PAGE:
Running in Valley Forge

Visit Philadelphia

Valley Forge National Historic Park offers recreation as well as Revolutionary era architecture and artifacts. Expansive trails that pass the park's many historic features, including Varnum's Quarters (pictured here), attract runners and cyclists. Scientists and nature lovers are drawn by more than 315 species of wildlife and diverse habitats.

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Related Reading

Bodle, Wayne. The Valley Forge Winter: Civilians and Soldiers in War. University Park: The Pennsylvania State University Press, 2002.

Brier, Mark A. “Tolerably Comfortable: A Field Trial of a Recreated Soldier Cabin at Valley Forge,” Valley Forge National Historical Park, 2004.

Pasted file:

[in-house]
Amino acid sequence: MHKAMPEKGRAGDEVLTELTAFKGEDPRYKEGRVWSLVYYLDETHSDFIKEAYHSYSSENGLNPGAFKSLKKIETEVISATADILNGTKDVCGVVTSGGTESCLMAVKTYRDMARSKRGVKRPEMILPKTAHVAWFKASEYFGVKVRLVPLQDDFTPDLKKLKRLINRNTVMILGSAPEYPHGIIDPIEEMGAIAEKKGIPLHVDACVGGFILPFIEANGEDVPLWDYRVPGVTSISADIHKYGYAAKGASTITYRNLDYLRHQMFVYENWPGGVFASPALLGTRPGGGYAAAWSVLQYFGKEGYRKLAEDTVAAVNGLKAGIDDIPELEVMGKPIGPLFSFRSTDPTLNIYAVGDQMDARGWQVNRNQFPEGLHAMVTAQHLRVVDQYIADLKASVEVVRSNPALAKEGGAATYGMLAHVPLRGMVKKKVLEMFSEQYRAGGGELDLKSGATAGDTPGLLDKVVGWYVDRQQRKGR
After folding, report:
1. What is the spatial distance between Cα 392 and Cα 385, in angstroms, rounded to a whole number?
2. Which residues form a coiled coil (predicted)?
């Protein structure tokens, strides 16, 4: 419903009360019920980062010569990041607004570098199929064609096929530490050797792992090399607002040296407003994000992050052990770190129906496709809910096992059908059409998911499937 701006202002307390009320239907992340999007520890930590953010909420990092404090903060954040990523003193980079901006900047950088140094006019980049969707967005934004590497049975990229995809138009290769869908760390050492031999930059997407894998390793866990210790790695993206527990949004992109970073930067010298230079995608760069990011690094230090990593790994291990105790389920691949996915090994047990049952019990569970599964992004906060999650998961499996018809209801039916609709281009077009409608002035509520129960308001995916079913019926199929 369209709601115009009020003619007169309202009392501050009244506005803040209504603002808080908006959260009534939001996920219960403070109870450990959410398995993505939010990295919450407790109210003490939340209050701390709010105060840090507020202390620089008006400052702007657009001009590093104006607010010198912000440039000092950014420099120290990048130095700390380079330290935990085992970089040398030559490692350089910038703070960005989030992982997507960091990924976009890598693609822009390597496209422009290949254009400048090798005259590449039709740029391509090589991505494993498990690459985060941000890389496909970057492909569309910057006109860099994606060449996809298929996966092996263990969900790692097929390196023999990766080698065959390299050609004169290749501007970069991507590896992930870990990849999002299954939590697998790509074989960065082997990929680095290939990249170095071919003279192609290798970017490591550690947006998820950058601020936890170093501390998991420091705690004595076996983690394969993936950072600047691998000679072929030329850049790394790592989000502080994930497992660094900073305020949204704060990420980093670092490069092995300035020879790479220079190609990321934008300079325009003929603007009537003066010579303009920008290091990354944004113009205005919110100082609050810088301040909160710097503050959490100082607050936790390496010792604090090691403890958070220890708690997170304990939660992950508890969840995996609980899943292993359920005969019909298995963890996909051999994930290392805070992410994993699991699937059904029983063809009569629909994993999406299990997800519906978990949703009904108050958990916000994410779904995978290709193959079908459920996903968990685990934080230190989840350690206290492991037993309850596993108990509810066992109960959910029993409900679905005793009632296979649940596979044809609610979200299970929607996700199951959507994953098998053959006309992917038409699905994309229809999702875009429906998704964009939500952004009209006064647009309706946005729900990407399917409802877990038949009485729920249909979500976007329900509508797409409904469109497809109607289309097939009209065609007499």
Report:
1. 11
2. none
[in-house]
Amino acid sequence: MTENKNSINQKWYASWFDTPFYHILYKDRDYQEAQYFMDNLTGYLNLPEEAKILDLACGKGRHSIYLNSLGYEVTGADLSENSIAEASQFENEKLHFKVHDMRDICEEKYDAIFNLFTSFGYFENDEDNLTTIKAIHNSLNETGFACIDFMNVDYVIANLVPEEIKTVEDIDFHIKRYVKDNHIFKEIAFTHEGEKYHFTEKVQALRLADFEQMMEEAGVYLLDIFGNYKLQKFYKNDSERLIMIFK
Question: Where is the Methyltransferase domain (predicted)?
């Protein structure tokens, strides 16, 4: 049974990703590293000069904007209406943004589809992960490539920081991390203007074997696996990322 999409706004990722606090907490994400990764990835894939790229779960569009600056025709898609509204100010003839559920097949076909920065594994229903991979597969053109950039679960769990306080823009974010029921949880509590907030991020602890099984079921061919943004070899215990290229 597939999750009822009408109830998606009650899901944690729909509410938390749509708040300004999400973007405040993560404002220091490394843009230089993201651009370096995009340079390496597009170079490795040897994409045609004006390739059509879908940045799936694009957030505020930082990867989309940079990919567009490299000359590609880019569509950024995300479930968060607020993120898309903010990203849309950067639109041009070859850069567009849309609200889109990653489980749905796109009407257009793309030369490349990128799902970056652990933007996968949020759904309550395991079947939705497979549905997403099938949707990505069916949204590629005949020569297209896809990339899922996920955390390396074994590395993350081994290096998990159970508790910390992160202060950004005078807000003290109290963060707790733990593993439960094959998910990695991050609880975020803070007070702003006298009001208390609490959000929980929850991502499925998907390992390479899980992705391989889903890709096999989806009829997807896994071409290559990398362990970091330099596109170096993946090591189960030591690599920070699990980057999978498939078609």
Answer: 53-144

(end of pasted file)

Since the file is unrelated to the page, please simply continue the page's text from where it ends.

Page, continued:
Dodd, John Bruce, and Cherry Dodd. Historic Structure Report: The Philander Knox Estate. Valley Forge National Historical Park. Valley Forge, Pennsylvania. 1981.

— — —. Historic Structure Report: Varnum’s Quarters. Valley Forge National Historical Park Valley Forge, Pennsylvania. 1981.

— — —. Historic Structure Report: Washington’s Headquarters. Valley Forge National Historical Park Valley Forge, Pennsylvania. 1981.

Fleming, Thomas. Washington’s Secret War: The Hidden History of Valley Forge. New York: Harper Perennial, 2006.

Kurtz, James. Archeological Inventory and Assessment: North of the Schuylkill River. Valley Forge National Historical Park Valley Forge, Pennsylvania. 1988. Revised 2001.

Lockhart, Paul. The Drillmaster of Valley Forge: The Baron de Steuben and the Making of the American Army. New York: Harper Perennial, 2010.

Treese, Lorett. Valley Forge; Making and Remaking a National Symbol. University  Park: Pennsylvania State University Press, 1995.